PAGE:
Twitter removed about 150,000 accounts disseminating QAnon right-wing conspiracies for violating the social platform’s policies and distributing harassment and misinformation that could potentially lead to harm. The company added that it will no longer recommend QAnon-related accounts and content, including that contained in email. Twitter also stated it will make efforts to limit these theories from appearing in trending topics and search, as well as users posting links affiliated with the theories.
The New York Times reports that this “was the first time that a social media service took sweeping action to remove content affiliated with QAnon, which has become increasingly popular on Twitter, Facebook and YouTube.”
Those affiliated with QAnon “claim to have access to government secrets that reveal a plot against President Trump and his supporters” and posted this purported classified information first on message boards and now on mainstream Internet platforms. Twitter suspended 7,000 accounts that became increasingly active and involved in “coordinated harassment campaigns on Twitter or tried to evade a previous suspension by setting up new accounts after an old account was deleted.”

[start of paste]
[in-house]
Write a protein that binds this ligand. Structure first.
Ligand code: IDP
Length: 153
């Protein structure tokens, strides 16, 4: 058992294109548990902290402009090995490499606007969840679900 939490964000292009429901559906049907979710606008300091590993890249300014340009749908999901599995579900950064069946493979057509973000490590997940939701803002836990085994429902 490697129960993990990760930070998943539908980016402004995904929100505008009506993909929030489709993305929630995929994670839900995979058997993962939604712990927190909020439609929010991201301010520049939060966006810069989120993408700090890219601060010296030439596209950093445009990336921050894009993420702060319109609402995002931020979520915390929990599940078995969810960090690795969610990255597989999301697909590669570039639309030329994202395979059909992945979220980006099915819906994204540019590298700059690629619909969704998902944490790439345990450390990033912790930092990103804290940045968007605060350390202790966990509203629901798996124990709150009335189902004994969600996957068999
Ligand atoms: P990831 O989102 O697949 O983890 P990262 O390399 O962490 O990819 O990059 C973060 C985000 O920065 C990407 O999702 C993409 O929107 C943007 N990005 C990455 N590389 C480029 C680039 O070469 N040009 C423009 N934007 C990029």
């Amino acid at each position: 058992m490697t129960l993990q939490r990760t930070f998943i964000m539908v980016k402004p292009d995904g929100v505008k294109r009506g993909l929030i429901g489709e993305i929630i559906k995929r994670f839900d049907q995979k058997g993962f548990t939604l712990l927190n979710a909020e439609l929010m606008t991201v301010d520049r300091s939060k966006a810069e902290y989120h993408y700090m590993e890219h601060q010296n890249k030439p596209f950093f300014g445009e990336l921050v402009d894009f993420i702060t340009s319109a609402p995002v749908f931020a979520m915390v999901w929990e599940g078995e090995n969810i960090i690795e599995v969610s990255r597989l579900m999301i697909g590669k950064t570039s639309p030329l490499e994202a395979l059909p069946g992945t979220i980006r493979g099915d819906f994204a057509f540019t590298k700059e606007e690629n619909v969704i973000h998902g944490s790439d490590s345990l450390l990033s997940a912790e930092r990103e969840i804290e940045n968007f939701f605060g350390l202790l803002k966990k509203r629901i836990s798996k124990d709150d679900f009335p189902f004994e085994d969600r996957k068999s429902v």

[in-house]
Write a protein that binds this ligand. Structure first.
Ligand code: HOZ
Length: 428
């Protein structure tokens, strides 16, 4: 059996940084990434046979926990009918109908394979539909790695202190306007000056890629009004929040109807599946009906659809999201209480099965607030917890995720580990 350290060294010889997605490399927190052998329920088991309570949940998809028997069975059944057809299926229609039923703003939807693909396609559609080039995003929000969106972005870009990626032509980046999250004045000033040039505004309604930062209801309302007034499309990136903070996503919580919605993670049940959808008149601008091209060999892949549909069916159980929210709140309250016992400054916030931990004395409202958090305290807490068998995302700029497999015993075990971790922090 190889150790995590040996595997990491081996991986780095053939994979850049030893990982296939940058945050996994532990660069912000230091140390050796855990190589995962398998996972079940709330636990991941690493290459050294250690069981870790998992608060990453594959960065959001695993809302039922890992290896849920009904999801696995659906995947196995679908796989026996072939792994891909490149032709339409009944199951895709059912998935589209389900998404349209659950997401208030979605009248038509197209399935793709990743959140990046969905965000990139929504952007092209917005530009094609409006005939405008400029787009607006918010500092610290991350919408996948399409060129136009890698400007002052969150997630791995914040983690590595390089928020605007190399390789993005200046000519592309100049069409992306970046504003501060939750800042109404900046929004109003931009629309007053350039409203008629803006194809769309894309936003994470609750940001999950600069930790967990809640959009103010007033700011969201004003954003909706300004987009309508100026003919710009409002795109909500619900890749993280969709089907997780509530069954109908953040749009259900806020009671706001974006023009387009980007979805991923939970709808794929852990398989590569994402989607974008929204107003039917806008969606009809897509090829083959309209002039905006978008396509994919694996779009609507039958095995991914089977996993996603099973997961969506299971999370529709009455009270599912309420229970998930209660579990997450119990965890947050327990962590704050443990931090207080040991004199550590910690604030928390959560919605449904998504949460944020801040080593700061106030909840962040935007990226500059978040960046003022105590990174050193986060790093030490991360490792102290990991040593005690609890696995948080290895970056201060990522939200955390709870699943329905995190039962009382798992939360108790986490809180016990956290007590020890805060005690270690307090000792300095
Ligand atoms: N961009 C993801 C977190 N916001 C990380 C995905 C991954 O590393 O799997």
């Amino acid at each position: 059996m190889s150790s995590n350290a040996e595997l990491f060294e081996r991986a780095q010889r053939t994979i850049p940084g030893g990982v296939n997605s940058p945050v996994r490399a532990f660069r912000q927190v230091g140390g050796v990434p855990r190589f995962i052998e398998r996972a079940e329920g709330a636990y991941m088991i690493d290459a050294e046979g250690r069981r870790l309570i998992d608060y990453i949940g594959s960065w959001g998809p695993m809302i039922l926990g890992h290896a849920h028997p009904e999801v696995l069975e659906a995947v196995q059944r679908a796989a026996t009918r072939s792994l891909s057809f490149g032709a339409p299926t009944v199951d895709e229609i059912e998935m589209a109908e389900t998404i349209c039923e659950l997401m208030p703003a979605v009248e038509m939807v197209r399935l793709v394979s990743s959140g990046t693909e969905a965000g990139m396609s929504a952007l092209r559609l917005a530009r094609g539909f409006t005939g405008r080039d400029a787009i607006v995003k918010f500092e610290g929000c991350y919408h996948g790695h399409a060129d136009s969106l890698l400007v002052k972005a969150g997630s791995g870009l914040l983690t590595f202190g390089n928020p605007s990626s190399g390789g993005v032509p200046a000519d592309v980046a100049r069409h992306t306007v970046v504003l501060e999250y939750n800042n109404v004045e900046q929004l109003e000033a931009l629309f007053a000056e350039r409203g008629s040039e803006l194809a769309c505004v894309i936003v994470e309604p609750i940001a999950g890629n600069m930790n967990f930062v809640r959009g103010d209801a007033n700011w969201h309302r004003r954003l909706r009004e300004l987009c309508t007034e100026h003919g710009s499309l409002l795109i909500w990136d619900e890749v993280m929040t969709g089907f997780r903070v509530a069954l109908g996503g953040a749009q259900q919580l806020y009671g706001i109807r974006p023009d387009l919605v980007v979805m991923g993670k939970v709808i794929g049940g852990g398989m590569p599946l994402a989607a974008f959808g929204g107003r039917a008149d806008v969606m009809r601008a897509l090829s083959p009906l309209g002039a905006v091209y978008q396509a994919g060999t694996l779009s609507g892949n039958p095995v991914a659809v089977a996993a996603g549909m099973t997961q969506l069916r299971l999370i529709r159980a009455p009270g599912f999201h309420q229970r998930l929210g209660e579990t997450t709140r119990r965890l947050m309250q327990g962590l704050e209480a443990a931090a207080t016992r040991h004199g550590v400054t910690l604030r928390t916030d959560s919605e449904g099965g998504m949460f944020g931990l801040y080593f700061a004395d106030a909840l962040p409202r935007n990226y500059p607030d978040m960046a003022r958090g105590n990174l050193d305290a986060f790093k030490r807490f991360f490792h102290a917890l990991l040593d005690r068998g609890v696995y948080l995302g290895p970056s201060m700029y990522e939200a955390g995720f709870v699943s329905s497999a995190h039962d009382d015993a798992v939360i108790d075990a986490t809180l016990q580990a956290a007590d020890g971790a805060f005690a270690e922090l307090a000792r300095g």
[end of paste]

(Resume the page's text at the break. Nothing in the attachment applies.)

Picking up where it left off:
The FBI stated that QAnon is “a potential domestic terrorism threat” that emerged from “the troll-infested corners of the Internet” but now involves mainstream Republican Party members. Several political candidates are running on QAnon’s core belief: “that Trump ran for office to save Americans from a so-called deep state filled with child-abusing, devil-worshiping bureaucrats.”
The group also believes that Trump’s enemies are “prominent Democrats … [who] extract hormones from children’s blood.” President Trump has “repeatedly retweeted QAnon supporters.”
NBC News reports that Twitter’s “sweeping enforcement action will ban QAnon-related terms from appearing in trending topics and the platform’s search feature, ban known QAnon-related URLs and prohibit ‘swarming’ of people who are baselessly targeted by coordinated harassment campaigns pushed by QAnon followers.” A spokesperson reported that, “while the targeted enforcement fell under Twitter’s existing platform manipulation rules, its classification of QAnon material and behavior as coordinated harmful activity was a new designation.”
One of the reasons for the decision, the spokesperson added was because of the FBI’s report on QAnon’s “dangerous real-world activities … [including] QAnon followers … implicated in armed standoffs, attempted kidnappings, harassment and at least one killing since the conspiracy theory first gained traction on the Internet in October 2017.”
The QAnon movement, which is aligned with anti-vaccination groups, created campaigns with “fringe hashtags” such as #Obamagate and #SubpoenaObama that became “trending topics that Trump ultimately promoted.” It also targets celebrities such as Chrissy Teigen and Trump’s political opponents. The movement has “falsely claimed on Twitter, Reddit and TikTok this month that the furniture company Wayfair was shipping trafficked children because price glitches raised the prices of pillows and cabinets.”